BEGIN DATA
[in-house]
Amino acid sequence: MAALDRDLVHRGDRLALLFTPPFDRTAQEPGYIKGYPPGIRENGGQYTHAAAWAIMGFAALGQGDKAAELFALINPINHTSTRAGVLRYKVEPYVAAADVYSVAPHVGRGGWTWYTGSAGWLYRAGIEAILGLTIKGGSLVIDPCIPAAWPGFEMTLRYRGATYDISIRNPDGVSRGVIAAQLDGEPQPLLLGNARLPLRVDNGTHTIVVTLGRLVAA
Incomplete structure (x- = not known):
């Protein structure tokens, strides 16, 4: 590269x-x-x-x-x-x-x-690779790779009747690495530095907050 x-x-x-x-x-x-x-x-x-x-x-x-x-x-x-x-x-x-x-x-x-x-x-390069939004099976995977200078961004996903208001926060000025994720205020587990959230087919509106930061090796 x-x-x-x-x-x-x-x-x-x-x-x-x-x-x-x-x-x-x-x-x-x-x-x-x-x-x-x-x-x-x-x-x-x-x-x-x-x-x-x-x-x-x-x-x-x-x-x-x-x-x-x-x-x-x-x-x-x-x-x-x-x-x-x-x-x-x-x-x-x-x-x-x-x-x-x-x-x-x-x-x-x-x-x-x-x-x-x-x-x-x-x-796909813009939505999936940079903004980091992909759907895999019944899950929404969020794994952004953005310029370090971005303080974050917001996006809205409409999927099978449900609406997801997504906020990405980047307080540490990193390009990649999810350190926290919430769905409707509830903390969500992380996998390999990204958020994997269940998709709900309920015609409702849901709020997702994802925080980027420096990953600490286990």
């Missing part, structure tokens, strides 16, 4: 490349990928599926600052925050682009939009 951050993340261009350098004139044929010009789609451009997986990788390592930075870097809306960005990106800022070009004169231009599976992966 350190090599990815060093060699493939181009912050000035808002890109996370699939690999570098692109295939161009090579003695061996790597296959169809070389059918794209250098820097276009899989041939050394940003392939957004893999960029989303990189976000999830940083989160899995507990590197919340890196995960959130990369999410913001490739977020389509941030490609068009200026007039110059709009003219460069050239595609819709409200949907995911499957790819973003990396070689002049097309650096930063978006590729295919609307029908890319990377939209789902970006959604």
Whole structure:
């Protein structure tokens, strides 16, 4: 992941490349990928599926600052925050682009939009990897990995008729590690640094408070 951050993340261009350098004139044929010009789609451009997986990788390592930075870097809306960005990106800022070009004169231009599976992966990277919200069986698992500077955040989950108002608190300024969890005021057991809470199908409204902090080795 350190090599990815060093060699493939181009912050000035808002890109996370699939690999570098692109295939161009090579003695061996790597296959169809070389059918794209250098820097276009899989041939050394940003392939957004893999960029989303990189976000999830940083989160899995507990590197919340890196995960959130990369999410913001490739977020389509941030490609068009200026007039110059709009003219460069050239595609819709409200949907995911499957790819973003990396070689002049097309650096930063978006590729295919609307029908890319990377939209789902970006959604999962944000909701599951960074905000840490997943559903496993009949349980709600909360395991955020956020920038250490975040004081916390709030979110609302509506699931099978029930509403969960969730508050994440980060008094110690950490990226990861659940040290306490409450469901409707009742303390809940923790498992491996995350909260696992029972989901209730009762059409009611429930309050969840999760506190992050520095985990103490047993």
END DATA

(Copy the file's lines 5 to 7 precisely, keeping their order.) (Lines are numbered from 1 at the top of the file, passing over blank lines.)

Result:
């Missing part, structure tokens, strides 16, 4: 490349990928599926600052925050682009939009 951050993340261009350098004139044929010009789609451009997986990788390592930075870097809306960005990106800022070009004169231009599976992966 350190090599990815060093060699493939181009912050000035808002890109996370699939690999570098692109295939161009090579003695061996790597296959169809070389059918794209250098820097276009899989041939050394940003392939957004893999960029989303990189976000999830940083989160899995507990590197919340890196995960959130990369999410913001490739977020389509941030490609068009200026007039110059709009003219460069050239595609819709409200949907995911499957790819973003990396070689002049097309650096930063978006590729295919609307029908890319990377939209789902970006959604």
Whole structure:
């Protein structure tokens, strides 16, 4: 992941490349990928599926600052925050682009939009990897990995008729590690640094408070 951050993340261009350098004139044929010009789609451009997986990788390592930075870097809306960005990106800022070009004169231009599976992966990277919200069986698992500077955040989950108002608190300024969890005021057991809470199908409204902090080795 350190090599990815060093060699493939181009912050000035808002890109996370699939690999570098692109295939161009090579003695061996790597296959169809070389059918794209250098820097276009899989041939050394940003392939957004893999960029989303990189976000999830940083989160899995507990590197919340890196995960959130990369999410913001490739977020389509941030490609068009200026007039110059709009003219460069050239595609819709409200949907995911499957790819973003990396070689002049097309650096930063978006590729295919609307029908890319990377939209789902970006959604999962944000909701599951960074905000840490997943559903496993009949349980709600909360395991955020956020920038250490975040004081916390709030979110609302509506699931099978029930509403969960969730508050994440980060008094110690950490990226990861659940040290306490409450469901409707009742303390809940923790498992491996995350909260696992029972989901209730009762059409009611429930309050969840999760506190992050520095985990103490047993």